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16 September 2019

‘Buffer generating’ uses – the need to have regard to them

Readers may recall a recent post regarding a long-established and entrenched industry on industrially zoned land in Traralgon, and the failure (in the eyes of an Independent Panel) of the Council to recognise and give due weight to this when planning for new high-density housing areas in proximate to it [refer to the post here].

In the post, it was suggested that, when doing a feasibility study on a site, it is always wise to have regard for the surrounding land uses and assess whether these may constrain the development potential of your land. 

In most cases, the need to protect existing ‘buffer generating’ uses is only broadly referenced in the planning scheme, which seeks to separate incompatible land uses and protect uses with ‘existing use rights’ (adopting principles of ‘agent of change’).   

However, sometimes, the need to protect existing uses is emphatically stated in the planning scheme through both the planning policy and the planning controls.

That was the case with a recent application to establish a ‘camping and caravan park’ in the Green Wedge Zone located within a flight path of Melbourne Airport. In addition to multiple layers of town planning policy and other legislation seeking to protect the ongoing interests of Melbourne Airport, the ‘Melbourne Airport Environs Overlay’ also affected the land.

The case required a balancing of sometimes competing planning policy objectives and an assessment of ‘net community benefit’. It also raised issues regarding the various community benefits of camping and caravan parks, and the current inability to limit the ‘tenure’ (the length of stay) at camping and caravan parks in Victoria, owing to the provisions of the Residential Tenancies Act.

The matter was considered by VCAT [refer here], which ultimately agreed that:

  • The protection of the ongoing interests, and operational characteristics, of Melbourne Airport is of National, State and metropolitan importance. 
  • Substantial community benefits flow from this, and the relevant legislation is unequivocal in its desire to minimise incompatible land uses to establish around the airport and to protect its safe and long-term operations (including its ‘curfew free’ status).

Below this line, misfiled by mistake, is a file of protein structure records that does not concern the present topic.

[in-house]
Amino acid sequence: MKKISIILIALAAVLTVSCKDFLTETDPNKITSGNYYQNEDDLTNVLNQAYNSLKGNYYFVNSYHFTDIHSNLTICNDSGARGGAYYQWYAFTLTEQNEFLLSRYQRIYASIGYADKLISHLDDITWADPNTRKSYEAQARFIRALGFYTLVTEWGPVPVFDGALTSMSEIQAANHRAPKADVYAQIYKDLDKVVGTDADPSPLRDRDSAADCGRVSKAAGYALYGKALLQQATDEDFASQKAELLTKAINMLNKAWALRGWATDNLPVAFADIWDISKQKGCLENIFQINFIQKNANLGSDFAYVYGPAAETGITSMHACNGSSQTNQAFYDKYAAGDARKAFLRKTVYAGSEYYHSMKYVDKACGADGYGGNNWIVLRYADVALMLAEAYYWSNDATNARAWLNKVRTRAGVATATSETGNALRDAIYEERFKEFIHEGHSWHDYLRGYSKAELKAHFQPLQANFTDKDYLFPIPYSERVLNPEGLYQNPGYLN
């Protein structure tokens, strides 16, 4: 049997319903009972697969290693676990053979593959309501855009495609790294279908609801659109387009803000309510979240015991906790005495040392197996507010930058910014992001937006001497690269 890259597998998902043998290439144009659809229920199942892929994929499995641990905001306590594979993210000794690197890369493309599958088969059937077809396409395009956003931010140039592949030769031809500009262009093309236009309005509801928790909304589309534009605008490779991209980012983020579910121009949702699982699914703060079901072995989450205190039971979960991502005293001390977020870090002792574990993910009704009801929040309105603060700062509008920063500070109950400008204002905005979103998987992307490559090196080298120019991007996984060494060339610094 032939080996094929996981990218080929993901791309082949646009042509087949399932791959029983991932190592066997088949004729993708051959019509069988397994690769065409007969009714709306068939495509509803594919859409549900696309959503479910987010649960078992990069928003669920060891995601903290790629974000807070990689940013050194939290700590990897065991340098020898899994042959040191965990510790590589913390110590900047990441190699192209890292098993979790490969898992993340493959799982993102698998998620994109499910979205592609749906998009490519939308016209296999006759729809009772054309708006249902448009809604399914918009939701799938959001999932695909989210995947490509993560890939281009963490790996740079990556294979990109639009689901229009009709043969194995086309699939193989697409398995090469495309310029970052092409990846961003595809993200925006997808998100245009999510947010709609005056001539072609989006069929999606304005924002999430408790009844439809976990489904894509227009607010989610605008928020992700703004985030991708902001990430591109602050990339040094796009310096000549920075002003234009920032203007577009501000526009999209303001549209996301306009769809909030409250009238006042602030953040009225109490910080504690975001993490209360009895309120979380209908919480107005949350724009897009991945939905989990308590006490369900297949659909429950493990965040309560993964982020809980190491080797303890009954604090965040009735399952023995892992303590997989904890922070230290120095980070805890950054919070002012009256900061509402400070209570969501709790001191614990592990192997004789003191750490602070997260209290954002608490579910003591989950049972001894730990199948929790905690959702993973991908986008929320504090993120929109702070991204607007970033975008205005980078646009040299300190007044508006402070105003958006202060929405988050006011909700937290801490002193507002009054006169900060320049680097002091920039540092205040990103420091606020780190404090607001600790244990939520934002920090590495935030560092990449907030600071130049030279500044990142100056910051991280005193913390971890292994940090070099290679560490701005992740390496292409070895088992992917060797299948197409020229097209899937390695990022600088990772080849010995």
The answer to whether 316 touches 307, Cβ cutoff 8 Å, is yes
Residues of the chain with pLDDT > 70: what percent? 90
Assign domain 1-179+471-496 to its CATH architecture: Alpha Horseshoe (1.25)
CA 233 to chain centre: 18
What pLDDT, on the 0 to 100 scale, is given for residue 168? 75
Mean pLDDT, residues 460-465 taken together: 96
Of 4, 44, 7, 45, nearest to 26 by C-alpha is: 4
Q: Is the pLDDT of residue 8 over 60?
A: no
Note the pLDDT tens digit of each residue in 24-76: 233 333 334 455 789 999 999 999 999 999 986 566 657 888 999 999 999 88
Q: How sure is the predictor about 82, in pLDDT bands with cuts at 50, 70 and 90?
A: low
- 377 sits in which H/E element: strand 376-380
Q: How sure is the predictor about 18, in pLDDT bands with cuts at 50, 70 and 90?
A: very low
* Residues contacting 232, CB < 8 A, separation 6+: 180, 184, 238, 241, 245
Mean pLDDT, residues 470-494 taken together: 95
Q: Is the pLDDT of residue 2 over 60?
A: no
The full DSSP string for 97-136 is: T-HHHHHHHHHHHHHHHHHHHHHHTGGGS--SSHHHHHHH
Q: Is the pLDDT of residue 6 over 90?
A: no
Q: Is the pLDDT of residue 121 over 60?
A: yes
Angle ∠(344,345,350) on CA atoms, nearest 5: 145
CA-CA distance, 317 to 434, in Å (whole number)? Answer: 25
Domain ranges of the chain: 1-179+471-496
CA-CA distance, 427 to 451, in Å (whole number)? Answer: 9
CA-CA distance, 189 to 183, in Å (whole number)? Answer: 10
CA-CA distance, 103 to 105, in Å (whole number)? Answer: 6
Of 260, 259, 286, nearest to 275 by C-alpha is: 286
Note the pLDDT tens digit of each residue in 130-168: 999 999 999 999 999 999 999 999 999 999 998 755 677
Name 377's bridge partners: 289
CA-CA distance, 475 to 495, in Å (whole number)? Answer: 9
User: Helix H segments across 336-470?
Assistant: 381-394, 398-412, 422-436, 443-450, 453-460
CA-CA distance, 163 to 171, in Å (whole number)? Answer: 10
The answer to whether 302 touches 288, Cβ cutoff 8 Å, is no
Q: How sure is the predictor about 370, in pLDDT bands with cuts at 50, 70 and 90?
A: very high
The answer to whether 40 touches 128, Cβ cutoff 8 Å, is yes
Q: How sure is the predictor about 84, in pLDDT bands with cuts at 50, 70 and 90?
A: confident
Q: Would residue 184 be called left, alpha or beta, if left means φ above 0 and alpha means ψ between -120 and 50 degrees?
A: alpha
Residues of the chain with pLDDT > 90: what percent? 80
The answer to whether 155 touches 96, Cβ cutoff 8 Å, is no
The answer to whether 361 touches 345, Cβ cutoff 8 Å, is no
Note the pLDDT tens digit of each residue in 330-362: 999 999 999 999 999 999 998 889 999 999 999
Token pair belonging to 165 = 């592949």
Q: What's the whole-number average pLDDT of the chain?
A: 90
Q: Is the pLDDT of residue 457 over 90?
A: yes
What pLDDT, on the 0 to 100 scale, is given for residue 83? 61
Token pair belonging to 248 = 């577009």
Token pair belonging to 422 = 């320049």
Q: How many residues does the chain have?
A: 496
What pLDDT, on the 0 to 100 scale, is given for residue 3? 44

• In light of this, and given the variables and uncertainty associated with matters such as the fact that aircraft noise affects people differently and the challenges in measuring and regulating this, precaution should be exercised when deciding whether a use likely to be impacted by aircraft noise can establish proximate to the airport.
  • It is likely that the noise events associated with the airport will have a detrimental impact on the enjoyment and experience of visitors /residents on the proposed facility. This is exacerbated by the challenges associated with applying appropriate levels of acoustic attenuation to the sorts of structures typically used at such facilities. 
  • The establishment of a camping and caravan park on the review site had the potential to lead to noise complaints which, separately or cumulatively, could adversely impact the optimum usage of Melbourne Airport and its curfew-free status. This would represent a substantial community disbenefit and is contrary to planning policy.

We will separately report on the challenges facing ‘camping and caravan parks’ in Victoria, including their use for permanent residency by the most vulnerable and disadvantaged in our communities. 

However, the above decision is again a timely reminder of the need to thoroughly research a site’s proximity to potentially incompatible land uses when undertaking due diligence. More often than not there will not be clear planning scheme ‘signposts’ warning you of the impending dangers!

Author: David Crowder, Director: Planning


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